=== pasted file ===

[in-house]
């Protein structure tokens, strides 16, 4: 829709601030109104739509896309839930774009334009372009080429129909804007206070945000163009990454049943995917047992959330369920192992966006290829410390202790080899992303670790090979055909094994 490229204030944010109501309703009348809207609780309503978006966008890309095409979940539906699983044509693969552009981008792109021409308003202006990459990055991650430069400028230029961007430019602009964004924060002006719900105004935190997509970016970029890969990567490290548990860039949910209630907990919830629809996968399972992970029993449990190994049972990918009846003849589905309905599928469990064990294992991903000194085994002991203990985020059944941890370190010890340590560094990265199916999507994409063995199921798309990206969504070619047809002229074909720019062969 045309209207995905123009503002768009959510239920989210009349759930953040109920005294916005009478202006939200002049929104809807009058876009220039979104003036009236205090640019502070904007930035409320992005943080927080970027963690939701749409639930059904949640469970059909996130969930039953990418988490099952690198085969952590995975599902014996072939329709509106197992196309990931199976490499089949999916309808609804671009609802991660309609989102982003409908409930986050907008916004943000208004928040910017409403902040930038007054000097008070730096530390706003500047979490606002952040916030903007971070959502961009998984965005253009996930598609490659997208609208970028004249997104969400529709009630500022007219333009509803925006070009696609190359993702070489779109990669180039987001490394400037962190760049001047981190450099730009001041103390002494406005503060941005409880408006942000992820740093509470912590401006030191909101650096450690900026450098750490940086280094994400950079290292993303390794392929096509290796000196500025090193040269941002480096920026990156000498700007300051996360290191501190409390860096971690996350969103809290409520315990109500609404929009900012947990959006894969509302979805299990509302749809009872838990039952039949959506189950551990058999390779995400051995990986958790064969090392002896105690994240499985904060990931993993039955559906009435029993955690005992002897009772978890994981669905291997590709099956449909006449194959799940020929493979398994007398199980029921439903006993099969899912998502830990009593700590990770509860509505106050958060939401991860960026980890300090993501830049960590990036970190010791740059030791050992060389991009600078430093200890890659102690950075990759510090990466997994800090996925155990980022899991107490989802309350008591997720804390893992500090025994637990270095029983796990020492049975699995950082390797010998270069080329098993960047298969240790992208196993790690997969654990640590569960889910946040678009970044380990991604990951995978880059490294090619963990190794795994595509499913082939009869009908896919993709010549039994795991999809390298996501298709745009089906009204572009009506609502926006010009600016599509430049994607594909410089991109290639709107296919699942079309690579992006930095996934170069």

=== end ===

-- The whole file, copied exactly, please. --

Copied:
[in-house]
């Protein structure tokens, strides 16, 4: 829709601030109104739509896309839930774009334009372009080429129909804007206070945000163009990454049943995917047992959330369920192992966006290829410390202790080899992303670790090979055909094994 490229204030944010109501309703009348809207609780309503978006966008890309095409979940539906699983044509693969552009981008792109021409308003202006990459990055991650430069400028230029961007430019602009964004924060002006719900105004935190997509970016970029890969990567490290548990860039949910209630907990919830629809996968399972992970029993449990190994049972990918009846003849589905309905599928469990064990294992991903000194085994002991203990985020059944941890370190010890340590560094990265199916999507994409063995199921798309990206969504070619047809002229074909720019062969 045309209207995905123009503002768009959510239920989210009349759930953040109920005294916005009478202006939200002049929104809807009058876009220039979104003036009236205090640019502070904007930035409320992005943080927080970027963690939701749409639930059904949640469970059909996130969930039953990418988490099952690198085969952590995975599902014996072939329709509106197992196309990931199976490499089949999916309808609804671009609802991660309609989102982003409908409930986050907008916004943000208004928040910017409403902040930038007054000097008070730096530390706003500047979490606002952040916030903007971070959502961009998984965005253009996930598609490659997208609208970028004249997104969400529709009630500022007219333009509803925006070009696609190359993702070489779109990669180039987001490394400037962190760049001047981190450099730009001041103390002494406005503060941005409880408006942000992820740093509470912590401006030191909101650096450690900026450098750490940086280094994400950079290292993303390794392929096509290796000196500025090193040269941002480096920026990156000498700007300051996360290191501190409390860096971690996350969103809290409520315990109500609404929009900012947990959006894969509302979805299990509302749809009872838990039952039949959506189950551990058999390779995400051995990986958790064969090392002896105690994240499985904060990931993993039955559906009435029993955690005992002897009772978890994981669905291997590709099956449909006449194959799940020929493979398994007398199980029921439903006993099969899912998502830990009593700590990770509860509505106050958060939401991860960026980890300090993501830049960590990036970190010791740059030791050992060389991009600078430093200890890659102690950075990759510090990466997994800090996925155990980022899991107490989802309350008591997720804390893992500090025994637990270095029983796990020492049975699995950082390797010998270069080329098993960047298969240790992208196993790690997969654990640590569960889910946040678009970044380990991604990951995978880059490294090619963990190794795994595509499913082939009869009908896919993709010549039994795991999809390298996501298709745009089906009204572009009506609502926006010009600016599509430049994607594909410089991109290639709107296919699942079309690579992006930095996934170069």